This ‘World / Inferno Friendship Society’ article was written by James W. Woë, a GIGsoup contributor
The World / Inferno Friendship Society are a band so authentically bohemian, you get the feeling if a guitar string broke on the first night of a tour it wouldn’t be replaced by the last gig. They are a band that gets under your skin, a band that calls out to the inner anarchist lurking in every soul. Time spent with them can often be a life affirming event.
The last few times the band has played in Scotland they were in grotty backrooms of pubs, so it’s nice to see them move to a bigger and better venue, more suited to their aesthetics, the ABC in Glasgow. They started with one of their oldest songs Tattoos Fade, which is a bit of slow burner compared to other songs they could start on, but it was an audience pleaser and put minds at ease that they were not just there to plug the newest album.
When reviewing a show, I usually take a step back, lurk in the shadows to take notes and try and take the show in objectively. But within three songs I was dancing with the rest of the audience and indulging in one of my favourite gig past times of tripping up over enthusiastic moshers.
Between songs the heart and soul of World / Inferno, Jack Terricloth took time to recount stories and anecdotes. Jack has great stage presence, he might not be a polished stand up, but these provided some of the best moments of the show and always worked as great thematic lead up to the next song.
One story went on for so long, some members of the audience grew restless and started to shout “play some songs” or “get on with it”. In a genius moment of crowd trolling, this ensured the story got longer and more obtuse every time a jeer or comment was made. Perfectly demonstrating that the bands “fuck you attitude” applies to everyone, even if you just want to enjoy their music.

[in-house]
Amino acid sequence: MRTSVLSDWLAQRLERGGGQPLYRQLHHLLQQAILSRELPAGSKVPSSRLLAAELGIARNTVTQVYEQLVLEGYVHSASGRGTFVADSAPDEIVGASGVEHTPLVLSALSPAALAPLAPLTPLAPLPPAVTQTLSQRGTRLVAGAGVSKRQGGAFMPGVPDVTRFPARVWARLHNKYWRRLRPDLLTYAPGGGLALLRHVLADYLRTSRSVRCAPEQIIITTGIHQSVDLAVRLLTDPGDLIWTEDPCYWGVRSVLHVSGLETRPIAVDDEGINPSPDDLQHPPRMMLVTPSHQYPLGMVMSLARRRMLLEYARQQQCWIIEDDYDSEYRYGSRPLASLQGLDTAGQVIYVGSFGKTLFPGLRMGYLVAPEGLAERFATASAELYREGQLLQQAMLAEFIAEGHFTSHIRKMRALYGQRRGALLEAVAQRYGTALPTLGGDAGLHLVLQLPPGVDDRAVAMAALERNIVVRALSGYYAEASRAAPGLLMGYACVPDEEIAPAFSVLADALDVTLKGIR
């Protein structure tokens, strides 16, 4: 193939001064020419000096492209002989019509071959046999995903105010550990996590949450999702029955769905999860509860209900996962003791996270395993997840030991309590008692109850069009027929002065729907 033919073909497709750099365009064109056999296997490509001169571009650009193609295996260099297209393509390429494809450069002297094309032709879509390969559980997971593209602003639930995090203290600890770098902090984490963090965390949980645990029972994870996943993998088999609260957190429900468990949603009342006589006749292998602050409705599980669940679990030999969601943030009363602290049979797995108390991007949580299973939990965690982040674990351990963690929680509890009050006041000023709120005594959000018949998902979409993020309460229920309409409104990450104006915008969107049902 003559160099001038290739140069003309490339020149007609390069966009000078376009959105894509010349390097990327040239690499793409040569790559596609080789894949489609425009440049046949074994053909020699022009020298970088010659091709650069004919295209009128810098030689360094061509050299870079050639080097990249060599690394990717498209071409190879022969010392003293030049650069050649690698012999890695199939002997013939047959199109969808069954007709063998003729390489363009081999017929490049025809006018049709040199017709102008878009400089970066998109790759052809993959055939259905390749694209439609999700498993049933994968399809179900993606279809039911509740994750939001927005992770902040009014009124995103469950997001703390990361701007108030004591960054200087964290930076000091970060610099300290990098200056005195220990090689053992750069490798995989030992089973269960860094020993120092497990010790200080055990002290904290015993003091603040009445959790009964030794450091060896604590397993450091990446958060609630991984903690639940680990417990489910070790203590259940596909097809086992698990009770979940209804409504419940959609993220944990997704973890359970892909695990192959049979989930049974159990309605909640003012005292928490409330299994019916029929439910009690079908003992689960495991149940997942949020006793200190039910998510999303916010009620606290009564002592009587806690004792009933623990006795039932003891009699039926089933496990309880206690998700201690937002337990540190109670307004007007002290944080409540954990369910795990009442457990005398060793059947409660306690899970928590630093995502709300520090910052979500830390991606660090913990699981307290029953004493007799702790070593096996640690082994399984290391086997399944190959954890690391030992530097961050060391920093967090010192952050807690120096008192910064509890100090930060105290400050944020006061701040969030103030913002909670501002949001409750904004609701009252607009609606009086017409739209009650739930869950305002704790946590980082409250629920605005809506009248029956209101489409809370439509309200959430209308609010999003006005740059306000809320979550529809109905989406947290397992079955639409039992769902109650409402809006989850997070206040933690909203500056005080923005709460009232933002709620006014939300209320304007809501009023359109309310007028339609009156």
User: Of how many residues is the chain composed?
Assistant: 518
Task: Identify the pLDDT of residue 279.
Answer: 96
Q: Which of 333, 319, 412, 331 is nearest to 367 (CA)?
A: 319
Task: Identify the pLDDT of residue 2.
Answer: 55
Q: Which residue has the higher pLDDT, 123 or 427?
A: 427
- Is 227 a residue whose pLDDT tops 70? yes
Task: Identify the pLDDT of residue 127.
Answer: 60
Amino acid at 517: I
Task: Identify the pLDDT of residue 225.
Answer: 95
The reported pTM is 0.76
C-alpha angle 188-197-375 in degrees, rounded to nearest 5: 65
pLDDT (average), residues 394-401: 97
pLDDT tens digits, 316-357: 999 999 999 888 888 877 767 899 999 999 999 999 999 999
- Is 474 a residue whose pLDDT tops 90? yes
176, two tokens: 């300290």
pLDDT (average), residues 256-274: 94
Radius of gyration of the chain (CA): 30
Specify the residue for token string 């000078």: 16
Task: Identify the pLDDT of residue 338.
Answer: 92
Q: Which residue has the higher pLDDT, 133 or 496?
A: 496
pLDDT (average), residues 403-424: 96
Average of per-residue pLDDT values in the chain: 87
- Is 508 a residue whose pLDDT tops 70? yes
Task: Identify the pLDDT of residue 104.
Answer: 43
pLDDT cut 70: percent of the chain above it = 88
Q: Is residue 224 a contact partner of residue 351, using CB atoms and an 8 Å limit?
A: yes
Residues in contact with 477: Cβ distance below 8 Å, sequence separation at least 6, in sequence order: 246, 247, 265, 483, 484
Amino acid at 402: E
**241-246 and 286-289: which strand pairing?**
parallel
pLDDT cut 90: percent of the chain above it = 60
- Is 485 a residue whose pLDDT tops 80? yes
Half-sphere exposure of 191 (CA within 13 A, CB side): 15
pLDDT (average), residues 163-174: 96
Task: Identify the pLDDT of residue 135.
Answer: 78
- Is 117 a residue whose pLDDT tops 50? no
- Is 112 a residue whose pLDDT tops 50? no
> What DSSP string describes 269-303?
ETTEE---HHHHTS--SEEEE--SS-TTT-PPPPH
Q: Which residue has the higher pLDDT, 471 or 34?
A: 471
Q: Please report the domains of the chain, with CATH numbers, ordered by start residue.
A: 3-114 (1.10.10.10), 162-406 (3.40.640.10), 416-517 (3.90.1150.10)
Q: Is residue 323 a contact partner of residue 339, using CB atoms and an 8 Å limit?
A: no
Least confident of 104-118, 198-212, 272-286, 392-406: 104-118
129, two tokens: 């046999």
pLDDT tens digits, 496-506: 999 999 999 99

The show featured a great selection of tunes that reflected the bands history. With subject matters revolving around Peter Lorre (my favourite actor), Leni Riefenstahl, anarchism, and making enemies cements them as band aiming straight for my heart. If you’ve ever wanted to smack yer boss in the face, pick up a few of their albums and you might just find you might become a different person. Maybe not a better person but one that has more fund at least.
By the end of the show, I had decided that I wasn’t going to write a review, but a political manifesto and move to Mexico where I would run guns for the Zapatista. This is testament to how energetic and awe inspiring World / Inferno are. Although this hasn’t quite happened yet, (read can’t afford the plane ticket). I did however hand the review in a day later than I said I was going to, so that’s one unnecessary act of rebellion chalked up. Now, I’m away to shoplift my dinner.